Dispatch from the field: Colorado sets an example by exploring evidence reforms
BY: Rebecca Brown, Innocence Project Policy Analyst
This is the first post in a new Innocence Blog feature called "Dispatches from the Field." These posts will bring you a personal perspective from Innocence Project attorneys, policy analysts, exonerees and others as breaking news and major events happen. Thanks for reading.
I’m writing from Denver, Colorado, where I will be testifying later today before the state’s new Task Force on the Preservation of Evidence. I’m here to educate the panel members about the importance of preserving biological evidence for both solving criminal cases and protecting the innocent, and to help them understand how law enforcement agencies can – simply yet effectively – collect, preserve and catalogue crime scene evidence. The existence of this panel, which brings together a cross-section of state criminal justice experts, represents significant momentum to improve the quality of justice in Colorado. We at the Innocence Project are happy to be part of this reform process.
After a groundbreaking
four-part series this summer in the Denver Post
highlighted shortcomings in the state’s evidence preservation policies, Colorado Gov. Bill Ritter formed this task force to review state policies and make recommendations for reform. Colorado’s current preservation law fails to require the automatic retention of biological evidence, and only mandates the preservation of biological evidence when a court has granted a hearing pursuant to its post-conviction DNA testing law. The law explicitly states that there is neither “a duty to preserve biological evidence” nor liability on the part of those who fail to preserve evidence. There is no statewide inventory or catalogue system, making it extremely difficult in some cases to find evidence attached to both innocence claims and old or “cold” cases. There have been reports of evidence room purges throughout the state, including in Denver and Colorado Springs. It is time for a statewide system to be put in place, and this panel is the right way to start. In the DNA age, states have a duty to handle biological evidence with an eye to its ability to factor into criminal investigations and legal appeals in the future.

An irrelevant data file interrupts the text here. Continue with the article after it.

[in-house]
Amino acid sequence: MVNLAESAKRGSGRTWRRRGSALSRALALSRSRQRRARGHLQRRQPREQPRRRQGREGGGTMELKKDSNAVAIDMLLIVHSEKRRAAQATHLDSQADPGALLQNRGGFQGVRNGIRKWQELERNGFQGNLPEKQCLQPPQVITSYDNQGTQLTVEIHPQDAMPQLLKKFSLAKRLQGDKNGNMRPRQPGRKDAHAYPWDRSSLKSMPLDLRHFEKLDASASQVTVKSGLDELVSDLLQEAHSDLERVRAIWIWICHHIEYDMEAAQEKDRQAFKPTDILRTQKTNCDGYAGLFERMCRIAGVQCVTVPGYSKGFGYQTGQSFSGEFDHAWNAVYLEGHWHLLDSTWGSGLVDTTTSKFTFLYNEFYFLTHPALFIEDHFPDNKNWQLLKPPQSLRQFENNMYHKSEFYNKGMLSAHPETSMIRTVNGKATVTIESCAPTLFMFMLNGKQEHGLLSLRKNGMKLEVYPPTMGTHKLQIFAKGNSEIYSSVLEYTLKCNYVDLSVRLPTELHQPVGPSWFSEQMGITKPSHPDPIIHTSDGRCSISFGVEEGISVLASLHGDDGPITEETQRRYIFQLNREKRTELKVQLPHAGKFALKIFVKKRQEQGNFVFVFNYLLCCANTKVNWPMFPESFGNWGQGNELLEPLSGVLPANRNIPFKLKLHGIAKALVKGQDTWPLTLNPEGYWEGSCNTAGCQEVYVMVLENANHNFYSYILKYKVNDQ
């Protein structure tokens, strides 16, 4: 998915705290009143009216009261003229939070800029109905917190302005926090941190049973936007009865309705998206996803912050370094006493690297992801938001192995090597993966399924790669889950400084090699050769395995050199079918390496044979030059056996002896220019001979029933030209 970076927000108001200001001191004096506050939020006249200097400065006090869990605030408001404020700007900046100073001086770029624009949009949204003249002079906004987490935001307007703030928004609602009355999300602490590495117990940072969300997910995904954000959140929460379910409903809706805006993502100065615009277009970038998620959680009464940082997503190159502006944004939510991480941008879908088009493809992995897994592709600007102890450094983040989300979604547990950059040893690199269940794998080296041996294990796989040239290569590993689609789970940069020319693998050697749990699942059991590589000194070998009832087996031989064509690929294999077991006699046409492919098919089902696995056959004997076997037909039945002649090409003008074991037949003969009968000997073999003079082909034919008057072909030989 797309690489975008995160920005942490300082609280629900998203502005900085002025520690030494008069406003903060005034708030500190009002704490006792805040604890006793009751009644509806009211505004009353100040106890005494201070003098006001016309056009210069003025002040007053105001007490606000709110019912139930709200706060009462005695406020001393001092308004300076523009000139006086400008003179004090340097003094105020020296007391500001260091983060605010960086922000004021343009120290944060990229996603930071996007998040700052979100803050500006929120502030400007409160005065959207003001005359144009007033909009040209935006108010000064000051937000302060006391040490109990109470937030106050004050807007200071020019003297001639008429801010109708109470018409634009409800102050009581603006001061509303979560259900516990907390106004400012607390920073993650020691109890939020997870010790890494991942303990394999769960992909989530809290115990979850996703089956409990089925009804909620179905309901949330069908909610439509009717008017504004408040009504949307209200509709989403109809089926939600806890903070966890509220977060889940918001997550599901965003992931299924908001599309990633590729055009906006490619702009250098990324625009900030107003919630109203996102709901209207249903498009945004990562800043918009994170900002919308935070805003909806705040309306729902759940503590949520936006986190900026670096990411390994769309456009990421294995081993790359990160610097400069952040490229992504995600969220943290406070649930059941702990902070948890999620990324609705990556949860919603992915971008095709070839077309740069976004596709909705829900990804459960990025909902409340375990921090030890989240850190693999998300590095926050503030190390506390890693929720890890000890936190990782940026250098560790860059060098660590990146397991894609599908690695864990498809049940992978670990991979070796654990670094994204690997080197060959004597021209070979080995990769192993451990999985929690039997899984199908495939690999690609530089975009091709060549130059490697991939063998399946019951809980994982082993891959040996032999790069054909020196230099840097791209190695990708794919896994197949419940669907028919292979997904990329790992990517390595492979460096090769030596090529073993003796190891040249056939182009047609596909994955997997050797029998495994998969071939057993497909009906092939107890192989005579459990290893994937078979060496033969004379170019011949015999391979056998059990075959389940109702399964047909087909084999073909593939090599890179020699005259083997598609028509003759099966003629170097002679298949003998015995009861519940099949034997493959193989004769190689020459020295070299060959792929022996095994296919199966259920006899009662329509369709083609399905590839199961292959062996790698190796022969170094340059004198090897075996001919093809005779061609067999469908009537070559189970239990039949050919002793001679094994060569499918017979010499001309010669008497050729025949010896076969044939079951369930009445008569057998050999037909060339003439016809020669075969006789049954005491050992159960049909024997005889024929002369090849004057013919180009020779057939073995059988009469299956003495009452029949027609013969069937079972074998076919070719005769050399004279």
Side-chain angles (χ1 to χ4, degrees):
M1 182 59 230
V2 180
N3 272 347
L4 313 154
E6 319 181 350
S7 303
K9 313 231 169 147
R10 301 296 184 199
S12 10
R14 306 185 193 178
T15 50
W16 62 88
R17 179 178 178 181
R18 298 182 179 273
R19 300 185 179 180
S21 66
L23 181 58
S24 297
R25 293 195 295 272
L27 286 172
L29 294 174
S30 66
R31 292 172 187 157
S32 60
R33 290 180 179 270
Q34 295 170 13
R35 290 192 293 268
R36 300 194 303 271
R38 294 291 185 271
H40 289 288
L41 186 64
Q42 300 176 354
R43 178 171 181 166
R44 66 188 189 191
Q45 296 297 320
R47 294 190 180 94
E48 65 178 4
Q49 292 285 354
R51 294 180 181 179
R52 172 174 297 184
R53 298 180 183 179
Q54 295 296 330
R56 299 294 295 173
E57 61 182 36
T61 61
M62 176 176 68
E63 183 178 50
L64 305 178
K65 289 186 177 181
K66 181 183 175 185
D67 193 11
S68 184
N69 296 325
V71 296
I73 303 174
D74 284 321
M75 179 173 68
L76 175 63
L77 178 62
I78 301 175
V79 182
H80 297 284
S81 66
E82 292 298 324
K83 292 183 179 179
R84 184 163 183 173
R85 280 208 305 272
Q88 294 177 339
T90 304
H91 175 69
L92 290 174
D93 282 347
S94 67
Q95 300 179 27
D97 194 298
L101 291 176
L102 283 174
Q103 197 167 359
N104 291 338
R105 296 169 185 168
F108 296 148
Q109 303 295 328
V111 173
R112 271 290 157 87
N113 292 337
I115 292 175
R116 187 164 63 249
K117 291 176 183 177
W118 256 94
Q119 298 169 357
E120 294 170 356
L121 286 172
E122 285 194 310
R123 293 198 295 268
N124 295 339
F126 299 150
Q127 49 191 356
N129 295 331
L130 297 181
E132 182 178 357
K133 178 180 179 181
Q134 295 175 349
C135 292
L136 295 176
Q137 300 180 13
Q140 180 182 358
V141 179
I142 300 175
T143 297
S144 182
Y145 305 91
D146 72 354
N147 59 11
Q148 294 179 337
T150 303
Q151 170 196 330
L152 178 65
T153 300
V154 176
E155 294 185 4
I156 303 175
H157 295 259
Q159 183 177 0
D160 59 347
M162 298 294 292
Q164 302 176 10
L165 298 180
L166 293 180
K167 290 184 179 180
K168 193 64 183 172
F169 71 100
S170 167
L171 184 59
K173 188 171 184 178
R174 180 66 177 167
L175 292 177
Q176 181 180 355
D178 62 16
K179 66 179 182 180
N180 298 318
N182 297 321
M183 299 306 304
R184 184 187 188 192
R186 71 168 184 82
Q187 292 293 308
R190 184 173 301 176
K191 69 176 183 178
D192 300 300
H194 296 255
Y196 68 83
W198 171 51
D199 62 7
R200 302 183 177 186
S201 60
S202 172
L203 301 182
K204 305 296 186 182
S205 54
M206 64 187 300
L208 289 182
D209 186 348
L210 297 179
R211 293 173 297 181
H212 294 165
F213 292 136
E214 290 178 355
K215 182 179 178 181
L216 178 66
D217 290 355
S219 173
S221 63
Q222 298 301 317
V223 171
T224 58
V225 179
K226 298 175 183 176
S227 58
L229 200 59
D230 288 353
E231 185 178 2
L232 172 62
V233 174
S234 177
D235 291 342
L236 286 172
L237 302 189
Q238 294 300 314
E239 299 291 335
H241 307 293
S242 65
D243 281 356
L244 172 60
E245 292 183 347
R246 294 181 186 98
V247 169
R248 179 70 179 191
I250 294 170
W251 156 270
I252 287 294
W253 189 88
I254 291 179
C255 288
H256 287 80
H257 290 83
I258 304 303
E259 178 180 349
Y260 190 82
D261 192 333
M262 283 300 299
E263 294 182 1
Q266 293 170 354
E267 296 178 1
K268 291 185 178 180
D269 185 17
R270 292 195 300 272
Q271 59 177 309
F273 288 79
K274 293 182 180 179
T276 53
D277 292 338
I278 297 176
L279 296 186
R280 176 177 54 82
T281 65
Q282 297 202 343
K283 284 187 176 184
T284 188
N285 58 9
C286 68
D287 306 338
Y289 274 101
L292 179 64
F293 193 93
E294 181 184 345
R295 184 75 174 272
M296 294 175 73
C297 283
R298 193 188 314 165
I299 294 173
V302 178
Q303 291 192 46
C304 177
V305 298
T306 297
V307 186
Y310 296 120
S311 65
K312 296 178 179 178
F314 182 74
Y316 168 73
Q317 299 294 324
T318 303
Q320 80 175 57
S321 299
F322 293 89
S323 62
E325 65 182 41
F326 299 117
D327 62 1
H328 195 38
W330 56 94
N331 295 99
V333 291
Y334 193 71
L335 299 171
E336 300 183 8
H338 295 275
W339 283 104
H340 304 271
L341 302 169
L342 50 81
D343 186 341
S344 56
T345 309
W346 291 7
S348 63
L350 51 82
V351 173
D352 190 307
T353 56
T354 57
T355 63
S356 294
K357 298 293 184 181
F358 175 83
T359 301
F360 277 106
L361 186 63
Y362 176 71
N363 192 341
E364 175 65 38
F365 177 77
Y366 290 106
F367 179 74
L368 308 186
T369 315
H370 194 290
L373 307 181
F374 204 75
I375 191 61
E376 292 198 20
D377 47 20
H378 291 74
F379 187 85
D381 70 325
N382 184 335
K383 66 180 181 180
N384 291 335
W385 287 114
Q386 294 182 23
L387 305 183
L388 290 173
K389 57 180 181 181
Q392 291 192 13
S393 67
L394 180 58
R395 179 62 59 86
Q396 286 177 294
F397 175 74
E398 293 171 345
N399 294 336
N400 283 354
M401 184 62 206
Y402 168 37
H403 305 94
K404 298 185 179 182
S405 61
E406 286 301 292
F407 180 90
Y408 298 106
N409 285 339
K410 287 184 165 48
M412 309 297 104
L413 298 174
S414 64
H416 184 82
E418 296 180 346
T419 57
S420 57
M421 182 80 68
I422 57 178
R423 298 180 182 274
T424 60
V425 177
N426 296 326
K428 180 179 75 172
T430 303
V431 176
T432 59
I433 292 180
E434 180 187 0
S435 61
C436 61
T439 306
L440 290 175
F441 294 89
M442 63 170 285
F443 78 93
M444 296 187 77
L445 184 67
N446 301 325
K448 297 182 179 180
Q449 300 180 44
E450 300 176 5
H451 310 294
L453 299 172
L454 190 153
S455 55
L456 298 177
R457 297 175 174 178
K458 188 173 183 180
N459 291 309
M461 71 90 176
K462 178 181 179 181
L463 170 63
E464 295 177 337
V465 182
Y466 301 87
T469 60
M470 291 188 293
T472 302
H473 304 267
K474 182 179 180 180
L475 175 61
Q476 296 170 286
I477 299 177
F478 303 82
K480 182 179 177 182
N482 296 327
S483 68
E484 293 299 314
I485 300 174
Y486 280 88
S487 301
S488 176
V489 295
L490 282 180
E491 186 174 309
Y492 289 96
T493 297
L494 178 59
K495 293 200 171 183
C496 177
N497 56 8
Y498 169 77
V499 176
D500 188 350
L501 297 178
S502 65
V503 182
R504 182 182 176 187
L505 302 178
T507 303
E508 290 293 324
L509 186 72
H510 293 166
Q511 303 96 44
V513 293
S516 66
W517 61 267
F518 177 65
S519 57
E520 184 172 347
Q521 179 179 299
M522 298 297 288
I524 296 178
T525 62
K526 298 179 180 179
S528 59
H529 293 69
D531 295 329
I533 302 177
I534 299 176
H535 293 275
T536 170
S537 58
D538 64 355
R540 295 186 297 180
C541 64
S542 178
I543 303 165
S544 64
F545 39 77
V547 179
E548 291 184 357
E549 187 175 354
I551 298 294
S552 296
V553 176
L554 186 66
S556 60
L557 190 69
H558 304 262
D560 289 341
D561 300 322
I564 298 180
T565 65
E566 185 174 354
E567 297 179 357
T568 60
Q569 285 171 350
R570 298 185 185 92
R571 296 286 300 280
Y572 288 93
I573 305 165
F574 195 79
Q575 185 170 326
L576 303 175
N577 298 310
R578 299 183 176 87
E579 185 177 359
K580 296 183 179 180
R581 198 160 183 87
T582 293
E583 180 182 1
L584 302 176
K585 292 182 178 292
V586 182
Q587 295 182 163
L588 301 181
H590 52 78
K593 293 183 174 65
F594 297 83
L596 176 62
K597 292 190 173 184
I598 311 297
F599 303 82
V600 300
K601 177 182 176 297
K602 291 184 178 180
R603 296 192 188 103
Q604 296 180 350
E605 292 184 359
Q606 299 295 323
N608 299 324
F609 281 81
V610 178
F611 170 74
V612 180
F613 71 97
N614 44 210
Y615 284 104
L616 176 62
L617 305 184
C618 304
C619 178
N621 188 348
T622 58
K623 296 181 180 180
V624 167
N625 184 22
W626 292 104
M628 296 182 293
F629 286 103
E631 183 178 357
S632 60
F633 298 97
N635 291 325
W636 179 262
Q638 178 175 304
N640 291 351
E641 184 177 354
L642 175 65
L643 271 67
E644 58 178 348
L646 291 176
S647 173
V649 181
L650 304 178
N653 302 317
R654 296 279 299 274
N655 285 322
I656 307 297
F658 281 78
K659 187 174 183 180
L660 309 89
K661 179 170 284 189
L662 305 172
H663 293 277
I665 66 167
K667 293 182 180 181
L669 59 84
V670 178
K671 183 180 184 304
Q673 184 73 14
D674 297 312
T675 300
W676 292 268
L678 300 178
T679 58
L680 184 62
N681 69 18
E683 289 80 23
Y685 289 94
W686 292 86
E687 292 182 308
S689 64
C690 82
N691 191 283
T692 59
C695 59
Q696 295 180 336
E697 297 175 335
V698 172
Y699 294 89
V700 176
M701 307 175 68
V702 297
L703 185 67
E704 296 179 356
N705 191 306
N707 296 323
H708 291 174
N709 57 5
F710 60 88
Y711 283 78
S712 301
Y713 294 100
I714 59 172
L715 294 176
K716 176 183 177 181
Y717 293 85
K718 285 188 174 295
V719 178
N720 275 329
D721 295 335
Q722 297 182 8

As I will tell the panel today, none of the 208 people exonerated by DNA testing would be where they are today if evidence in their cases had been lost or destroyed. Through DNA exonerations, we have seen the need for critical reforms – in areas like identification and forensic policy – and we have also seen the incredible power of this technology to solve old crimes – exonerating the innocent and identifying the guilty. Some states have been slow to adapt policies to the new technology, and far too many law enforcement departments around the country continue to operate with no formal system for cataloguing and preserving evidence. When the evidence room gets full, older items are often thrown out to make more room or lost in long-term storage. In the interest of justice, that simply can’t continue to happen
In 2004, Congress passed the Justice for All Act, recognizing the importance of preservation by offering millions of dollars in criminal justice funding to states that follow certain preservation practices.
An article last week in USA Today
revealed that much of this money is going unspent because states have either not applied for these funds or have been rejected due to their preservation policies. We expect to see more federal funding programs tied to proper evidence handling in the near future – giving states even more incentive to act now in updating these policies.
It is inspiring to see Colorado taking steps to improve evidence preservation and it is time for more states to follow this example. Interest from the press and the public sparked this momentum in Colorado and you can make this happen in your state.
Click here to reach out to the media, elected officials
local law enforcement agency
to tell them you’re concerned about evidence preservation in your state.
The Innocence Project Policy Department is also happy to provide resources to help law enforcement agencies review and reform evidence handling practices. Please contact us at
for more information.
Leave a Reply
Thank you for visiting us. You can learn more about how we consider cases here. Please avoid sharing any personal information in the comments below and join us in making this a hate-speech free and safe space for everyone.